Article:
Compulsory product recalls
A compulsory product recall can be issued if a business does not take satisfactory action to voluntarily recall an unsafe product.
Compulsory product recall orders
The Minister of Commerce and Consumer Affairs has the power to issue compulsory product recall orders under section 32 of the Fair Trading Act.
Fair Trading Act 1986 — Section 32 — New Zealand Legislation Te Tari Tohutohu Pāremata(external link)
The Minister can issue a compulsory product recall order to a supplier if the supplier has not recalled goods or taken satisfactory action to recall goods, and the goods:
- are likely to cause injury to any person
- do not comply with a prescribed product safety standard, or
- are subject to an unsafe goods notice.
What the order includes
The Minister can order the supplier to:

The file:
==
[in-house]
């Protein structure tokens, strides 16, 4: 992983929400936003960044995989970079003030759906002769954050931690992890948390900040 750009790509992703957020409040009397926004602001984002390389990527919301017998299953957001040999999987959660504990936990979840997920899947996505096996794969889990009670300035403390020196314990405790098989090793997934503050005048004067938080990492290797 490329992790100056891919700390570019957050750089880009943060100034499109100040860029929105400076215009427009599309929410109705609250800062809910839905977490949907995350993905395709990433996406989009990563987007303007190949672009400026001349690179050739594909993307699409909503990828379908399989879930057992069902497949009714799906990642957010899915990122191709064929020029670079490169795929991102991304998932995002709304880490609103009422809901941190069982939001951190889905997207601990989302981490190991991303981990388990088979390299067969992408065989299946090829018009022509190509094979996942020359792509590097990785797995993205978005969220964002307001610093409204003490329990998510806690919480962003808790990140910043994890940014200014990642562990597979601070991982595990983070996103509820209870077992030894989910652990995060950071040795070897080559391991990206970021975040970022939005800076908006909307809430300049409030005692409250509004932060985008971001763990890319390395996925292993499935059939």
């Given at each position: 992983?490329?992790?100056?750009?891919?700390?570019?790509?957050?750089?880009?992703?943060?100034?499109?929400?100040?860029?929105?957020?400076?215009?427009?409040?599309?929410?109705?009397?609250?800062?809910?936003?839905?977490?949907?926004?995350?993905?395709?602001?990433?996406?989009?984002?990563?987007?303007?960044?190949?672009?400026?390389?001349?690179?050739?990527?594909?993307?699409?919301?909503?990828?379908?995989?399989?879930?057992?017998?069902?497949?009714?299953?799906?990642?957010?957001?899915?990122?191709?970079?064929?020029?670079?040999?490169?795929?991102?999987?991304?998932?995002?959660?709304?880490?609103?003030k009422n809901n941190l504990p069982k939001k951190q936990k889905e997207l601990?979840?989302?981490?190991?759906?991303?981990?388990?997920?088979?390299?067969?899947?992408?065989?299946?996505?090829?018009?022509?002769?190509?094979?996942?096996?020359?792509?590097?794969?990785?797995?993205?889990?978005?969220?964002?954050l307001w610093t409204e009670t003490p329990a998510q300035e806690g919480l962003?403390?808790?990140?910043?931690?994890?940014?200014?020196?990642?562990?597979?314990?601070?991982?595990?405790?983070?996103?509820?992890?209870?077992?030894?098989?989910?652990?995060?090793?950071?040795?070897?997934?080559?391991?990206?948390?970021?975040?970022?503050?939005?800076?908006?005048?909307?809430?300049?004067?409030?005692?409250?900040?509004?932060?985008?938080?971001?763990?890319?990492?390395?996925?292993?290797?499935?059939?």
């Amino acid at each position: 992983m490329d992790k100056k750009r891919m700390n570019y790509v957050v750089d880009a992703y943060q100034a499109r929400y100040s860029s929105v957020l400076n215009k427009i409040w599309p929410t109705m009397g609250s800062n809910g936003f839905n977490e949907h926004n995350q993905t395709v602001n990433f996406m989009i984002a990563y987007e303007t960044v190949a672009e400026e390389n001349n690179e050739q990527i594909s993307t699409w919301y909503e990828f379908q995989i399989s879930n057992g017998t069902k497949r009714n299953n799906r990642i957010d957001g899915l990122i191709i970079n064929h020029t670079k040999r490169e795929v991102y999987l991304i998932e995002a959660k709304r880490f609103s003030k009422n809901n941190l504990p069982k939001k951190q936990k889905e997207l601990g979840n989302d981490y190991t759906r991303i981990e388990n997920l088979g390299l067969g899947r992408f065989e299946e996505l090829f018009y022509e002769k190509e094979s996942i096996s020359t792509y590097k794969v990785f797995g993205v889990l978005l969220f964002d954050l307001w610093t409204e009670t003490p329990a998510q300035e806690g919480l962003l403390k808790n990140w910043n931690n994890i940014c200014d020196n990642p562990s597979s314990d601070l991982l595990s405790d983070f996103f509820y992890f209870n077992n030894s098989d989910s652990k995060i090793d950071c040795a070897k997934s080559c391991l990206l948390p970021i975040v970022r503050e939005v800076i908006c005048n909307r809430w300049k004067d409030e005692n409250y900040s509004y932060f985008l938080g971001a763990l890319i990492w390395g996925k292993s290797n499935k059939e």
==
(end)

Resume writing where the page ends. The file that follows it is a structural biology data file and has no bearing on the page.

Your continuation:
- recall the goods
- publish specified information to the public (including how this must be done)
- provide a specified remedy, and/or
- complete the required actions by a specified date.
Costs of a compulsory recall
The business specified in the order is responsible for all of the costs involved with complying with the product recall.
Compliance and enforcement
The Commerce Commission New Zealand enforces compulsory recalls.
If a supplier does not comply with a compulsory product recall order — or continues to supply the recalled goods — they will be breaching the Fair Trading Act and can be prosecuted and fined up to $600,000.
A compulsory recall order automatically makes the goods named in the order a prohibited import under the Customs and Excise Act 1996.
Prohibited imports are forfeit and can be seized by the New Zealand Customs Service.
Prohibitions and restrictions — New Zealand Customs Service Te Mana Ārai o Aoteroa(external link)